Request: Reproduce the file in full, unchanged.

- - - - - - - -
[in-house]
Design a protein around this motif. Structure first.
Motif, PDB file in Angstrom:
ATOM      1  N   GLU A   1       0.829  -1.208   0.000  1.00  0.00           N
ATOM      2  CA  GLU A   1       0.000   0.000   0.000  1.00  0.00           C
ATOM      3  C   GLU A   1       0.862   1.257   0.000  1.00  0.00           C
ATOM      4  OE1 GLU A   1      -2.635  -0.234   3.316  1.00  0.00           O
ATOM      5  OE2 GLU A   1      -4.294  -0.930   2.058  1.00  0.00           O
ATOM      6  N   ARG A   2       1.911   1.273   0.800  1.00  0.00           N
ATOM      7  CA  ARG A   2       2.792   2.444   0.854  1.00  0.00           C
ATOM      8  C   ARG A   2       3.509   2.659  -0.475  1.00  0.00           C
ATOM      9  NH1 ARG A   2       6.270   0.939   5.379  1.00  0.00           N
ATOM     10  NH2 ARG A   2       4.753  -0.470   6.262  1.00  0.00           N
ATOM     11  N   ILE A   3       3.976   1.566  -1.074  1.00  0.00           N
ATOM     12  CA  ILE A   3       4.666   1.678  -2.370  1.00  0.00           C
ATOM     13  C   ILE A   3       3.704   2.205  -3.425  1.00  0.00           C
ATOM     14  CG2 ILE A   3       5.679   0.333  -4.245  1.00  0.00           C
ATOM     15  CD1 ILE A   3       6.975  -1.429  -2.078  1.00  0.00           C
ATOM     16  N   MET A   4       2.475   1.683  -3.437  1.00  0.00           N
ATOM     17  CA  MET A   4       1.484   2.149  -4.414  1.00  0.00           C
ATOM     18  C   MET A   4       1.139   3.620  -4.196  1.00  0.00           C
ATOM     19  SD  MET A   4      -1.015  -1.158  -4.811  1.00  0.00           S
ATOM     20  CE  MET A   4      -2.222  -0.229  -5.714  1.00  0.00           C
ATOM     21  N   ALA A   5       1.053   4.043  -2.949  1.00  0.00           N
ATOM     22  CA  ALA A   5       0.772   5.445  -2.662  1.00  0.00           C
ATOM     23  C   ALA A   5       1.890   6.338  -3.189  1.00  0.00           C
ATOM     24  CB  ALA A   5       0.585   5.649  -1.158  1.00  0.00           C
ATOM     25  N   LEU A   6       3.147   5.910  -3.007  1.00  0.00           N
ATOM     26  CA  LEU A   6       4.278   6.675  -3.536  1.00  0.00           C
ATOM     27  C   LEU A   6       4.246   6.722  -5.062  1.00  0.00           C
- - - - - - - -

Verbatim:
[in-house]
Design a protein around this motif. Structure first.
Motif, PDB file in Angstrom:
ATOM      1  N   GLU A   1       0.829  -1.208   0.000  1.00  0.00           N
ATOM      2  CA  GLU A   1       0.000   0.000   0.000  1.00  0.00           C
ATOM      3  C   GLU A   1       0.862   1.257   0.000  1.00  0.00           C
ATOM      4  OE1 GLU A   1      -2.635  -0.234   3.316  1.00  0.00           O
ATOM      5  OE2 GLU A   1      -4.294  -0.930   2.058  1.00  0.00           O
ATOM      6  N   ARG A   2       1.911   1.273   0.800  1.00  0.00           N
ATOM      7  CA  ARG A   2       2.792   2.444   0.854  1.00  0.00           C
ATOM      8  C   ARG A   2       3.509   2.659  -0.475  1.00  0.00           C
ATOM      9  NH1 ARG A   2       6.270   0.939   5.379  1.00  0.00           N
ATOM     10  NH2 ARG A   2       4.753  -0.470   6.262  1.00  0.00           N
ATOM     11  N   ILE A   3       3.976   1.566  -1.074  1.00  0.00           N
ATOM     12  CA  ILE A   3       4.666   1.678  -2.370  1.00  0.00           C
ATOM     13  C   ILE A   3       3.704   2.205  -3.425  1.00  0.00           C
ATOM     14  CG2 ILE A   3       5.679   0.333  -4.245  1.00  0.00           C
ATOM     15  CD1 ILE A   3       6.975  -1.429  -2.078  1.00  0.00           C
ATOM     16  N   MET A   4       2.475   1.683  -3.437  1.00  0.00           N
ATOM     17  CA  MET A   4       1.484   2.149  -4.414  1.00  0.00           C
ATOM     18  C   MET A   4       1.139   3.620  -4.196  1.00  0.00           C
ATOM     19  SD  MET A   4      -1.015  -1.158  -4.811  1.00  0.00           S
ATOM     20  CE  MET A   4      -2.222  -0.229  -5.714  1.00  0.00           C
ATOM     21  N   ALA A   5       1.053   4.043  -2.949  1.00  0.00           N
ATOM     22  CA  ALA A   5       0.772   5.445  -2.662  1.00  0.00           C
ATOM     23  C   ALA A   5       1.890   6.338  -3.189  1.00  0.00           C
ATOM     24  CB  ALA A   5       0.585   5.649  -1.158  1.00  0.00           C
ATOM     25  N   LEU A   6       3.147   5.910  -3.007  1.00  0.00           N
ATOM     26  CA  LEU A   6       4.278   6.675  -3.536  1.00  0.00           C
ATOM     27  C   LEU A   6       4.246   6.722  -5.062  1.00  0.00           C